mOMVs

Modified Outer Membrane Vesicles (mOMVs): a vaccine platform explained

There are many factors that affect and complicate the development of a new vaccine. 
What Riccardo Baccheschi, CEO of AchilleS Vaccines, and his team are working on could make the process a lot faster in the future: the modified outer membrane vesicles (mOMVs) technology platform. mOMVs function is an ideal delivery platform for bacterial vaccines as well as against viral antigens like Covid-19, carrying the antigens and helping them to trigger the intended immune system reaction. 
 
The vesicles can be imagined as tailor-made bubbles that originate from the bacterial surface, Baccheschi explains on a video call from AchilleS’ offices in Siena. In their growth phase, gram negative bacteria naturally release membrane vesicles which match the composition of the bacterial outer surface. That is the pathogen part which is primarily exposed to the immune system. “The OMV helps the antigens to be recognized by the immune system”, says Baccheschi. “That exposure leads to an effective response of the immune system, that is very important for a vaccination’s rapid and durable protection.” Ultimately the mOMV, depending on the related genetical engineering, can either expose natural bacterial antigen or heterologous antigens from non-bacterial pathogens. 
The trick is to “instruct” the bacteria to produce the “right vesicles” in an industrially significant amount. Scientists have taken advantage of this natural process to artificially create mOMVs, by inducing bacteria to hyperproduce OMVs. “When done right, the outcome is the closest thing to nature”, says Baccheschi. “You might end up with an immunization very close to the natural process of someone who got infected by the live bacteria.”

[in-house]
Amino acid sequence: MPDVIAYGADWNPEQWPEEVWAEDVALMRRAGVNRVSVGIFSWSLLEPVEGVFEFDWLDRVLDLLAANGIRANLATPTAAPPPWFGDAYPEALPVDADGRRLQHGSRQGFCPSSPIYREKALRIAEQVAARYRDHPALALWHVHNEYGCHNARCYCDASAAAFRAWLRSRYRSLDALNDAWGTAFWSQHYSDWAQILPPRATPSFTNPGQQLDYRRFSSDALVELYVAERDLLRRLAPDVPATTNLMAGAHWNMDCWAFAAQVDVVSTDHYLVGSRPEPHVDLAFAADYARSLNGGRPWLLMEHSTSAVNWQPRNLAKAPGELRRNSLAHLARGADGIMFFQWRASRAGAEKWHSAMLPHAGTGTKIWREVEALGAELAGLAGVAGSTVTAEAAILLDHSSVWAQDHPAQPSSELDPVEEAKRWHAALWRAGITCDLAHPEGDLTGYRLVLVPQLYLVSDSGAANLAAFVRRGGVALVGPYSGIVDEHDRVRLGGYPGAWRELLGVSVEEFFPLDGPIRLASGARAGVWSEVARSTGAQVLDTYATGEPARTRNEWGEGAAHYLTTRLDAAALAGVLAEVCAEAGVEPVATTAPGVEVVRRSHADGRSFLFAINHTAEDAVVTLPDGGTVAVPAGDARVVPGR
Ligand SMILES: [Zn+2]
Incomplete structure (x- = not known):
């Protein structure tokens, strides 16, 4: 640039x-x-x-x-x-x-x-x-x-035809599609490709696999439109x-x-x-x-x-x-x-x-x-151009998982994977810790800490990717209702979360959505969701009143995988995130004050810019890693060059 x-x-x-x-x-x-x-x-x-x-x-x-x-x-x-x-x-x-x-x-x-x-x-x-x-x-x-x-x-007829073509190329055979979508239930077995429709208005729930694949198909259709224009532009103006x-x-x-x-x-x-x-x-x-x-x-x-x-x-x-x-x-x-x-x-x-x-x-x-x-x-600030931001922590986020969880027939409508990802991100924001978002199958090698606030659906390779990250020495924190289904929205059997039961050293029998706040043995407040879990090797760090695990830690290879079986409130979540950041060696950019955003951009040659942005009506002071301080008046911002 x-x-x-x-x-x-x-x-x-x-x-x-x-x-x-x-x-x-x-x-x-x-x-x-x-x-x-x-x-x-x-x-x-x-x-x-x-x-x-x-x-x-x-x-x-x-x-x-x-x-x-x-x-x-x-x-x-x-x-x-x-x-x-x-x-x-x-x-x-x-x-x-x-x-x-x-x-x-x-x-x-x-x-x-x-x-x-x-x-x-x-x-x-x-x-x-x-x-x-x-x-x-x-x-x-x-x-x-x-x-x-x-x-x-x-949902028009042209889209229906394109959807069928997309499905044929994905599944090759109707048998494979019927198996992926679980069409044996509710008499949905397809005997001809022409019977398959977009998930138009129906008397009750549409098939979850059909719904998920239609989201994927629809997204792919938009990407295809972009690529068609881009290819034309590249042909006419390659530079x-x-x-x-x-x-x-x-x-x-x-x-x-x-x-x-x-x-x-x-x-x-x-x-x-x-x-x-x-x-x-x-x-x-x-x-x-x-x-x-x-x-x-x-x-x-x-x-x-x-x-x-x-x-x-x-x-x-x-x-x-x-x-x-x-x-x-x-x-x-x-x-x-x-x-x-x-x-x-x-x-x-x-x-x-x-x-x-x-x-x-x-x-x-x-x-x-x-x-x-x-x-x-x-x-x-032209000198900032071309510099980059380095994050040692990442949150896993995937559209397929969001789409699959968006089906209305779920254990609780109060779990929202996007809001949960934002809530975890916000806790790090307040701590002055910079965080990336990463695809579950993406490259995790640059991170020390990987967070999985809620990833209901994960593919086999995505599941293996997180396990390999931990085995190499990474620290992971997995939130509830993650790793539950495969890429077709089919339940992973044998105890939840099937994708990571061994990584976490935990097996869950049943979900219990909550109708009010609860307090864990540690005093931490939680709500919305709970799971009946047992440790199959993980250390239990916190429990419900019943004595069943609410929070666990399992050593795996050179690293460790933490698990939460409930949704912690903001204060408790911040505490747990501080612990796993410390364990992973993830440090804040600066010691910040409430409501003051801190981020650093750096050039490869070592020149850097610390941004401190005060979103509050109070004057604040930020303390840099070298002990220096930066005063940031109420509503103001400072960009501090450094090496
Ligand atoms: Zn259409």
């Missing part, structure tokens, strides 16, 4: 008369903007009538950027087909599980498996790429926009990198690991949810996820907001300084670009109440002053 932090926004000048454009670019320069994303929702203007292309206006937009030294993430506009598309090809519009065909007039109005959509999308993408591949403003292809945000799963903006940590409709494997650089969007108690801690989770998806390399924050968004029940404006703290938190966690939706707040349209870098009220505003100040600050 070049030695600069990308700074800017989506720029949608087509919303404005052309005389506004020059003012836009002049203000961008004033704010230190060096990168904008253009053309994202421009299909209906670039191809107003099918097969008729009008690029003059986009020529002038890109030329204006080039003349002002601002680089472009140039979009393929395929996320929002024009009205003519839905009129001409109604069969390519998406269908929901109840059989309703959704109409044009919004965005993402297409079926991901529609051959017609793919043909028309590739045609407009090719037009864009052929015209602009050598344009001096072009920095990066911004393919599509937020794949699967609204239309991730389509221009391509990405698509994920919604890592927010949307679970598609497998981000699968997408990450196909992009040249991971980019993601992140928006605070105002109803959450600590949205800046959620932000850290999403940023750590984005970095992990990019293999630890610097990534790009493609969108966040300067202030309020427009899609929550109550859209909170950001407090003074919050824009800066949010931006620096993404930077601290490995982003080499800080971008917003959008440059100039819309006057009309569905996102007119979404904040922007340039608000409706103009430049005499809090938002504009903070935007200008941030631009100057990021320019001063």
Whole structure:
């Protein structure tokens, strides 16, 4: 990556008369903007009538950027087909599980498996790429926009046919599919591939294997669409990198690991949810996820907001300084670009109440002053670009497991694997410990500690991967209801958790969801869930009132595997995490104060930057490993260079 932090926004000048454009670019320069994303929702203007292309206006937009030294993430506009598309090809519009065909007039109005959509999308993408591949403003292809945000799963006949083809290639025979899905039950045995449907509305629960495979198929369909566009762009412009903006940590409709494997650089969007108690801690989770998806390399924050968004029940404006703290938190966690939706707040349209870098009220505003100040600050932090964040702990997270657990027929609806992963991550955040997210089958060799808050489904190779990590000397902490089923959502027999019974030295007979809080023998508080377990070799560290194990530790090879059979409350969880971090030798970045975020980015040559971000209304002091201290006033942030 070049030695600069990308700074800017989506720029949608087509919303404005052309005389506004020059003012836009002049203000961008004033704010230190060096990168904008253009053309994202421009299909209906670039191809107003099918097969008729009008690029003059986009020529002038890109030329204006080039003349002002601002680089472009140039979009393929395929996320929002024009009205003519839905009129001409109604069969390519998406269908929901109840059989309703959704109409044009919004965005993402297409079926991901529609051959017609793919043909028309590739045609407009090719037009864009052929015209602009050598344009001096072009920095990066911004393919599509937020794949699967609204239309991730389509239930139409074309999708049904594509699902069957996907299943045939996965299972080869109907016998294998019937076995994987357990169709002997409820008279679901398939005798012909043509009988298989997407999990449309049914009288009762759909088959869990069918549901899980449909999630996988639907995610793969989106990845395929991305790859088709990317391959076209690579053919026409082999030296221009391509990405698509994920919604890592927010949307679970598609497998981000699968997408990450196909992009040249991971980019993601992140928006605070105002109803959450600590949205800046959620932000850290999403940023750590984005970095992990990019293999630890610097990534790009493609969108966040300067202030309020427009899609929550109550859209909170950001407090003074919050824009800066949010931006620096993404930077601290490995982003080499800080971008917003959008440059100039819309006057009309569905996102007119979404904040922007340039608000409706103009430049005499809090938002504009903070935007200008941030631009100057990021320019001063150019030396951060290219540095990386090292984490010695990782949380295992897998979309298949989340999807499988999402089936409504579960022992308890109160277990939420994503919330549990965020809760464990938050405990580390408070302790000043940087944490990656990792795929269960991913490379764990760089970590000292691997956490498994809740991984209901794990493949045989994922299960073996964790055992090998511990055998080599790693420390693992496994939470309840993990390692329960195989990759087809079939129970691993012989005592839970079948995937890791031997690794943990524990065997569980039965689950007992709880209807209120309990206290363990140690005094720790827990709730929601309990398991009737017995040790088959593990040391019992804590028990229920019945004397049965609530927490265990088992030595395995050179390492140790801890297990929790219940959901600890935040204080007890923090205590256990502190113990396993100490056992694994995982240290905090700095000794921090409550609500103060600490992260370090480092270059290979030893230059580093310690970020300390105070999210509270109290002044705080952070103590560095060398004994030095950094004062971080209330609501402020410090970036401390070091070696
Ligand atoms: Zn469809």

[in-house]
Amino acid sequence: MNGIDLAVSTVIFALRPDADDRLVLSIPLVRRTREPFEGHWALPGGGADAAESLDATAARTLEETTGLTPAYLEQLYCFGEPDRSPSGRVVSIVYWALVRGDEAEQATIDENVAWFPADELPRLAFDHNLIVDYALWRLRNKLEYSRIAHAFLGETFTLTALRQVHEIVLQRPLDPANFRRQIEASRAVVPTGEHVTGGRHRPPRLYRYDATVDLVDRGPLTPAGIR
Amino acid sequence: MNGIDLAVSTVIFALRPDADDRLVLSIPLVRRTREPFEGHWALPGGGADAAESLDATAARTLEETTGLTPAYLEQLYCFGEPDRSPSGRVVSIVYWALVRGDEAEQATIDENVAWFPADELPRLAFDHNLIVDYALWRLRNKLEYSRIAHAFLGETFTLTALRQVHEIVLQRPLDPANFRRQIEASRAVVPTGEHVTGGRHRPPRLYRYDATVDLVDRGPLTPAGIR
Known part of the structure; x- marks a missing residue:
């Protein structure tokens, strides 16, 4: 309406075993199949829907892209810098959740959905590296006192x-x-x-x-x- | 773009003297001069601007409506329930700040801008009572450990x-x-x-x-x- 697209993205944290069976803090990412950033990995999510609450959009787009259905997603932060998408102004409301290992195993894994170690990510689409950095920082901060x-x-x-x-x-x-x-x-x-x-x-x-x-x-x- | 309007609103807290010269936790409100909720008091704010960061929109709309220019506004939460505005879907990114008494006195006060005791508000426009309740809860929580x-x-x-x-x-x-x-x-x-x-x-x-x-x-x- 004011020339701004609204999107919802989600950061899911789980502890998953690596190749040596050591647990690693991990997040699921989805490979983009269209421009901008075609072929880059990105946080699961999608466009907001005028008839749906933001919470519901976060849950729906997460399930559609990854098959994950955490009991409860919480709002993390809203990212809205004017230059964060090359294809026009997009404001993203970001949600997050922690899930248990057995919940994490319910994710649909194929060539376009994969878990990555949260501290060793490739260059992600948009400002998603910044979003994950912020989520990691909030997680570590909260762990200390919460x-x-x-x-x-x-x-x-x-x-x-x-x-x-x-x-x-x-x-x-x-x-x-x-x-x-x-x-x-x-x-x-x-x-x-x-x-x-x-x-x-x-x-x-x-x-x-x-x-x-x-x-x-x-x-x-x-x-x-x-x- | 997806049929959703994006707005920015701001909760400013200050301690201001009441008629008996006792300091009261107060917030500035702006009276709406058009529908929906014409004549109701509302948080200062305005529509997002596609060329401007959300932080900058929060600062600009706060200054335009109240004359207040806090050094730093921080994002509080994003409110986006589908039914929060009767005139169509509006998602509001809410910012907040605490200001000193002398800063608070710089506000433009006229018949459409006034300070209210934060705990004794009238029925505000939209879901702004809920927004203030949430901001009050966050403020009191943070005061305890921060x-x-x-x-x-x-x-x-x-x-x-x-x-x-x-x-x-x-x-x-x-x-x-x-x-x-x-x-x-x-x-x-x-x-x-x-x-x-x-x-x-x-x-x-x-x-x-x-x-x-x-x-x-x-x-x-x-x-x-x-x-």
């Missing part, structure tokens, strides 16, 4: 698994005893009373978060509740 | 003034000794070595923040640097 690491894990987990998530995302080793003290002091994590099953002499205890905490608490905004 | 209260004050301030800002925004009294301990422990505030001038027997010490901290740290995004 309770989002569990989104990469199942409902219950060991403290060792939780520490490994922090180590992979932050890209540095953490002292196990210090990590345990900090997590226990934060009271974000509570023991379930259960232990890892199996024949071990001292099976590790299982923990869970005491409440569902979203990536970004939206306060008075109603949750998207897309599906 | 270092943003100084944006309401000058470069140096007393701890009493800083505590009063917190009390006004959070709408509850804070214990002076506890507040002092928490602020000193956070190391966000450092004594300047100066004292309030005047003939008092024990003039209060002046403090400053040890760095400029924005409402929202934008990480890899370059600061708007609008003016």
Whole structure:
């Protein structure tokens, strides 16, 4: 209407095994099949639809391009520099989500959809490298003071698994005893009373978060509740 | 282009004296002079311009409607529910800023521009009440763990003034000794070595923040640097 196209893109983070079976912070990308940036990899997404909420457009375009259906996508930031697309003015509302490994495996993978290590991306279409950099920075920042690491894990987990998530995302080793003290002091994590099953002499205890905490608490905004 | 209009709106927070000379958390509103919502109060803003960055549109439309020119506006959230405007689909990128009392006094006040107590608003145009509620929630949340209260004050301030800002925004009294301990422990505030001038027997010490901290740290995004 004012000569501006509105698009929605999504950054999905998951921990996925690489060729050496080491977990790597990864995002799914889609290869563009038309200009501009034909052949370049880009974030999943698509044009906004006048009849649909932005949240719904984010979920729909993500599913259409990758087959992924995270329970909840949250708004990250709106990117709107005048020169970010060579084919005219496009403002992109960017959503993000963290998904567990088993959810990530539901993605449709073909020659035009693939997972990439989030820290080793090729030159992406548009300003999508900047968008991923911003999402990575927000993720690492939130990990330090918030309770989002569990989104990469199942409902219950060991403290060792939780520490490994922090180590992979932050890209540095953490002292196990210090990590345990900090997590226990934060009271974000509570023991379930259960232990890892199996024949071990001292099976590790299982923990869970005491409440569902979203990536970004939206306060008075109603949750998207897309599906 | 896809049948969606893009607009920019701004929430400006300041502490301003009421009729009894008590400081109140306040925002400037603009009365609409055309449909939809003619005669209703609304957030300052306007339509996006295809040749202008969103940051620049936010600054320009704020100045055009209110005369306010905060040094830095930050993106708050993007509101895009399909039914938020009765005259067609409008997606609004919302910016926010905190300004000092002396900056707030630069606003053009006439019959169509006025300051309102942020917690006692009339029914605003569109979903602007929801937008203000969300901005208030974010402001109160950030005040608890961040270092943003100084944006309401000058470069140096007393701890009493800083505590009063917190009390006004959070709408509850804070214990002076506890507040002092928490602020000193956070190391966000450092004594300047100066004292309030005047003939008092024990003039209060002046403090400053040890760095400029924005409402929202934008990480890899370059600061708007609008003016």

The idea behind OMVs is not new, but since the discovery, a lot has changed. When their potential use was first discovered, the platform they provided was quite rigid and could only be used in very limited cases. In the beginning, mOMVs were chemically extracted resulting in a significant alteration of the antigenicity. With more recent technological evolutions that emerged around six years ago, mOMVs were able to be better genetically modified and purified. Today, the mOMVs technology platform might be considered one of the most promising platforms for vaccine developments, says Baccheschi, because they became a lot more flexible and sustainable. mOMVs are a potential platform for a multitude of purposes, for example for other viruses like Ebola or parasites like Malaria, but also in the prevention of antimicrobial resistance or the treatment of cancer. 
Besides its resemblance to a natural immune response and its versatility, mOMVs will also be very cost- and time-efficient, says Baccheschi. Most of bacterial vaccines today, for example, require 15+ manufacturing steps, while with mOMVs this could be reduced to four or five, he explains. “This means only a third of the complexity and drastic reduction of production time and costs.”
 
Right now, AchilleS Vaccines is working together with Dr Rino Rappuoli in Siena on a monoclonal antibody project, mAbCo19, as a potential way to fight Covid-19. The next step could be, as Baccheschi explains, to figure out which antigens could be the best candidates to be used with the mOMV technology. Early discoveries suggest that a SARS vaccine, a virus which is quite similar to Covid-19, could be developed using mOMVs, says Baccheschi. “There are many indications that it can work with Covid as well.”
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